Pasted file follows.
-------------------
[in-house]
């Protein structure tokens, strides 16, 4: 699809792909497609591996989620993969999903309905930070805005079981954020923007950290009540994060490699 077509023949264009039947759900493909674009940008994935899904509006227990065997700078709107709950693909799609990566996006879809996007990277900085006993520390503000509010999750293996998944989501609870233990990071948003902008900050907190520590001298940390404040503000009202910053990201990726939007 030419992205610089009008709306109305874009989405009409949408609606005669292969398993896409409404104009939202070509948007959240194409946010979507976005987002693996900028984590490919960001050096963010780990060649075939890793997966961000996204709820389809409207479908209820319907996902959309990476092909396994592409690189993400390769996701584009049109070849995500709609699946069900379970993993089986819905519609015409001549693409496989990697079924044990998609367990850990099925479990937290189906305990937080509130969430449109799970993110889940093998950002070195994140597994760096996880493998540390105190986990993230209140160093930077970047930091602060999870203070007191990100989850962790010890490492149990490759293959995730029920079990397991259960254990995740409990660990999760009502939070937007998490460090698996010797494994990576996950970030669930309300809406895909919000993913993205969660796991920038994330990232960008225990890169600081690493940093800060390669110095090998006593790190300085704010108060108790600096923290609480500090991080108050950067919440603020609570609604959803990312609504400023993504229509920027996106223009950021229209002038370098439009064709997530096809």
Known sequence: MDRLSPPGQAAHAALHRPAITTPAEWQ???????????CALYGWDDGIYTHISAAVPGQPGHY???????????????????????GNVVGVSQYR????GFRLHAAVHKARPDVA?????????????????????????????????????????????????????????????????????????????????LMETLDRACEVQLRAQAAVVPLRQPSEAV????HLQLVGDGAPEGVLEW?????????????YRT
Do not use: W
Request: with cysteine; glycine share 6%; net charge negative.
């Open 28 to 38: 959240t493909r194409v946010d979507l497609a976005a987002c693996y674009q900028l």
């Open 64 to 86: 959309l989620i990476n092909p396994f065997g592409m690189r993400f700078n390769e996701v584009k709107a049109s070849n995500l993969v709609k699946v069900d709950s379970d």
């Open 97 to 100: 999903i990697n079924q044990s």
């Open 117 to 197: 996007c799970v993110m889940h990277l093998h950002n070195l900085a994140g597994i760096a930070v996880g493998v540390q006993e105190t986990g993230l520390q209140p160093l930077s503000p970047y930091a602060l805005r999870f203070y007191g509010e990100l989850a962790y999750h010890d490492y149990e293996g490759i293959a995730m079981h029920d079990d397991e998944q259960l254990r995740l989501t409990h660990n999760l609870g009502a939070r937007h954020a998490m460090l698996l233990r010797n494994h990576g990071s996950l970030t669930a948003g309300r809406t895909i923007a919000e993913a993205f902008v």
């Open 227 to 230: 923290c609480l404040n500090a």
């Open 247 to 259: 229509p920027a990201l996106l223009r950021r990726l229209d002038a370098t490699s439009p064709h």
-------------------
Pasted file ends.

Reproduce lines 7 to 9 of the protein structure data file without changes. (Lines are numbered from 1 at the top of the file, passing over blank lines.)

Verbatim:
């Open 64 to 86: 959309l989620i990476n092909p396994f065997g592409m690189r993400f700078n390769e996701v584009k709107a049109s070849n995500l993969v709609k699946v069900d709950s379970d």
């Open 97 to 100: 999903i990697n079924q044990s």
């Open 117 to 197: 996007c799970v993110m889940h990277l093998h950002n070195l900085a994140g597994i760096a930070v996880g493998v540390q006993e105190t986990g993230l520390q209140p160093l930077s503000p970047y930091a602060l805005r999870f203070y007191g509010e990100l989850a962790y999750h010890d490492y149990e293996g490759i293959a995730m079981h029920d079990d397991e998944q259960l254990r995740l989501t409990h660990n999760l609870g009502a939070r937007h954020a998490m460090l698996l233990r010797n494994h990576g990071s996950l970030t669930a948003g309300r809406t895909i923007a919000e993913a993205f902008v």